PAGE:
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Spence leaving city for parks director job in La Grande

by: SUBMITTED - Stu Spence, who is pictured at Legion Park's new playground, has been recreation services manager for the city of Woodburn since 2008. He is leaving to take a parks director position in La Grande.Stu Spence, arguably the most visible face of the city of Woodburn as its recreation services manager, is resigning and moving to La Grande at the end of the month.

Spence, who has worked for the city of Woodburn for six years, is going to be the parks and recreation director for the city of La Grande.

Spence came to Woodburn from Ellensburg, Wash., which Spence said is similar to La Grande, so it’s a natural fit.

“I was drawn to La Grande because it’s a small university town just like where I grew up and went to college and worked professionally in the field (for the first time),” he said. “It felt comfortable to me and exciting to advance in my career.”

Spence has been instrumental in a number of programs around the city, including the Easter egg hunt, the Daddy Daughter Dinner Dance and Woodburn’s Amazing Race, and he has fostered strong partnerships between the city and the Boys & Girls Club, Woodburn School District and Woodburn After-School Club. But he said he’s most proud of the Youth Advisory Board, which he established in 2008 with high school volunteers.

“The roots of (interest in forming a Youth Advisory Board) go back to my experience at the Boys & Girls Club of King County, just providing students with mentoring and a sense of belonging to make a difference. I’ve seen them grow in their leadership skills, having the ability to impact the community and be active volunteers. At that young age it creates a lifelong love of serving the community. They’re really special kids.”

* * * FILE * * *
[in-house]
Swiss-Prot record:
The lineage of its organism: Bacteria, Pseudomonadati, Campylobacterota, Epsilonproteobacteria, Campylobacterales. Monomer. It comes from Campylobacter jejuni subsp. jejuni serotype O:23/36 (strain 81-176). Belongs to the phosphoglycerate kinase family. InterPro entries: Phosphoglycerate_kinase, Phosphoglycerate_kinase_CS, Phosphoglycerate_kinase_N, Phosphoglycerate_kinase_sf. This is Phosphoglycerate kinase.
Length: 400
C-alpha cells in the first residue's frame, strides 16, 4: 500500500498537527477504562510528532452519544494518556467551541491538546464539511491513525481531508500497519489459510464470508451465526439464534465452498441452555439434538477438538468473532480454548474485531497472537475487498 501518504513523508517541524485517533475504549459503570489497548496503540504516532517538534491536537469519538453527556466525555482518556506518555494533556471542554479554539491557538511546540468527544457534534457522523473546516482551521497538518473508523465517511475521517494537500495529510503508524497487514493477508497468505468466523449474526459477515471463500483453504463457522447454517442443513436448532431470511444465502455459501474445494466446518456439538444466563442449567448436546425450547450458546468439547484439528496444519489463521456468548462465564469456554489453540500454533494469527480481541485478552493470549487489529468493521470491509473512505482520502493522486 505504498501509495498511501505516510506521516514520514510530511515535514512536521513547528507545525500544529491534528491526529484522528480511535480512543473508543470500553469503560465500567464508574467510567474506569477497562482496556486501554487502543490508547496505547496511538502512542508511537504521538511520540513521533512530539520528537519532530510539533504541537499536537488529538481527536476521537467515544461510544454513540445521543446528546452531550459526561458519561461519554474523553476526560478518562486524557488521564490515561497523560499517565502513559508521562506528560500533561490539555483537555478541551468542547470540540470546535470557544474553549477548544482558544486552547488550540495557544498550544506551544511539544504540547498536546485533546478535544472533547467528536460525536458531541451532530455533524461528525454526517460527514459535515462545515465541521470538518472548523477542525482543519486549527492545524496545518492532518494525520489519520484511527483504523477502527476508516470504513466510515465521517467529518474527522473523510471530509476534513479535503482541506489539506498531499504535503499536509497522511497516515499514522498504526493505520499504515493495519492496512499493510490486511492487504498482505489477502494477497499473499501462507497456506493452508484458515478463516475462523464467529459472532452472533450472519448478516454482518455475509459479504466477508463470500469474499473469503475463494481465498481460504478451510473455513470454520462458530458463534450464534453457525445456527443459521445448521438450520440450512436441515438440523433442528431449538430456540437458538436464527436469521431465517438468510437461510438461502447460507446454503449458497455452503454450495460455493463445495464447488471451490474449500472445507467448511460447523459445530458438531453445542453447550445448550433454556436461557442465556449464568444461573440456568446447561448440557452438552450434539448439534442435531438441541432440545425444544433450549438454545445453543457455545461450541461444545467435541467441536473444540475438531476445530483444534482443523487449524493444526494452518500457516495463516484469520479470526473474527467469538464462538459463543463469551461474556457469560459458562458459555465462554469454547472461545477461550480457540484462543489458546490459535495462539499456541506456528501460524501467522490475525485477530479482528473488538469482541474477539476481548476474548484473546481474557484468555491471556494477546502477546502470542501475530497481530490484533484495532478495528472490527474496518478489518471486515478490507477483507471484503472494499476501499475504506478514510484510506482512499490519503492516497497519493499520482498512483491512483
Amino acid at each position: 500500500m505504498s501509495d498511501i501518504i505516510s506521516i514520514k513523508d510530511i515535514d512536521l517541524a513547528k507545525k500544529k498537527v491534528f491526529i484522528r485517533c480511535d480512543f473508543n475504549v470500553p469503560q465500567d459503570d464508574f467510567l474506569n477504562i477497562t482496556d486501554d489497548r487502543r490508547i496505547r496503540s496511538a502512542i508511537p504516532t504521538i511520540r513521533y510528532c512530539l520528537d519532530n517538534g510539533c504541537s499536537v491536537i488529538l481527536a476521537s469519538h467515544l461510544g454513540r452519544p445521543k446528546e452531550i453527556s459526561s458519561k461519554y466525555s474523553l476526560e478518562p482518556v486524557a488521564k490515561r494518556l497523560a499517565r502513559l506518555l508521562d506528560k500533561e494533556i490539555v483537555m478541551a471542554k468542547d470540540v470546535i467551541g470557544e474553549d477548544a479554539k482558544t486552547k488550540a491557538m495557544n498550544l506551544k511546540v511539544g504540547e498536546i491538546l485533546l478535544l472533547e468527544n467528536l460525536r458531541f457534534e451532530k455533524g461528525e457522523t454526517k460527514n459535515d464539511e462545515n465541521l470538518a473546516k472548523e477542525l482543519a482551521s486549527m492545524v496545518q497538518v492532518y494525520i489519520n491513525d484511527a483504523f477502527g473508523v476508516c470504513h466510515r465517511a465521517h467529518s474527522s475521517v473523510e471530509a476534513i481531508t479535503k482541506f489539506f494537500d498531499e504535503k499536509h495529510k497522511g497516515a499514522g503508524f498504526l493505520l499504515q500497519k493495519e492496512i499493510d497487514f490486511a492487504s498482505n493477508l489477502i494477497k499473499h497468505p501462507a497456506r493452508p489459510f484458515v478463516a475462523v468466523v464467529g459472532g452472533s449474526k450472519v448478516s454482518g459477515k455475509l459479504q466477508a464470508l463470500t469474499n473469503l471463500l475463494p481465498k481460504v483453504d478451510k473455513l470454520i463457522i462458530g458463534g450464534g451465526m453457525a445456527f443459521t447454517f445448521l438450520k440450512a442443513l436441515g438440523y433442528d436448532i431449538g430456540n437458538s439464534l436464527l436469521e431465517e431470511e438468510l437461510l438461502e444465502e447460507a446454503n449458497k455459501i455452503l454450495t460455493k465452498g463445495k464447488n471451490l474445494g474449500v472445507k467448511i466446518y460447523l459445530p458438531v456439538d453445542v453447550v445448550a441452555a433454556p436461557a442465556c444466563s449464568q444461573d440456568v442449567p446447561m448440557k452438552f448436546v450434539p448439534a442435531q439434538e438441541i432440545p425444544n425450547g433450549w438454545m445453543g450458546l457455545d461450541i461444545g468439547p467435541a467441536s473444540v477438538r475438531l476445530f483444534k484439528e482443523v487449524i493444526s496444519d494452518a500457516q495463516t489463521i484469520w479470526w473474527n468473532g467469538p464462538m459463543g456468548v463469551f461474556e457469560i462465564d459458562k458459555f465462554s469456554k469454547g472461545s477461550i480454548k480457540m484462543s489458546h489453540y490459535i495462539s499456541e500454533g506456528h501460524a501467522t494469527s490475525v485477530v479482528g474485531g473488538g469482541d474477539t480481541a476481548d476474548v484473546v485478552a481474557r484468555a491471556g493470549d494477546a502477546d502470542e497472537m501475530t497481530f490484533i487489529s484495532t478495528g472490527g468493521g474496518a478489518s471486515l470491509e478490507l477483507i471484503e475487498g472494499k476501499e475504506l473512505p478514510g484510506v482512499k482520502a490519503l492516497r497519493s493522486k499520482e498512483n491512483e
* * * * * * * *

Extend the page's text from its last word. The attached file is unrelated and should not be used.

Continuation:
Spence, who received the 2013 New Professional Award from the Oregon Recreation and Parks Association, has also been on the boards of the Boys & Girls Club of Woodburn and the Woodburn Kiwanis Club.

“I’ve been passionate about youth because the first 10 years of my career were focused on youth and teens,” he said. “That formed the foundation.”

But he will miss more than the young people when he leaves Woodburn April 25.

“The thing about Woodburn I’ll miss the most are the relationships I’ve formed and the people who are trying to make a difference for Woodburn,” he said. “There is a solid, core group of folks working hard to improve Woodburn in general.”

Spence said he won’t be a total stranger to Woodburn: His wife and kids will finish the school year in Woodburn and he will still return to the Valley monthly for meetings with the Oregon Recreation and Parks Association executive board, for which he is secretary.

Jim Row, Woodburn’s community services director, said in a statement from the city that Spence is leaving a huge hole in his department.

“Stu is one of the most dynamic individuals I have ever met,” he said. “While he always conducts himself with the level of professionalism you would expect of a community leader, he has never been one to hide the passion he feels for his work and the people he works with. Stu has had a profound effect on the people of Woodburn. He is a significant part of what makes this such a special community.”

Also in the city’s statement, City Administrator Scott Derickson noted that Spence will be difficult to replace.

“You want people like Stu in your organization: energetic, intelligent, passionate, ethical and enthusiastic,” he said. “Stu was integral in helping the city bridge partnerships with outside organizations and he really improved the city’s image. He will be missed, but when you hire good people, other organizations are going to notice and this is a great opportunity for Stu and his family.”




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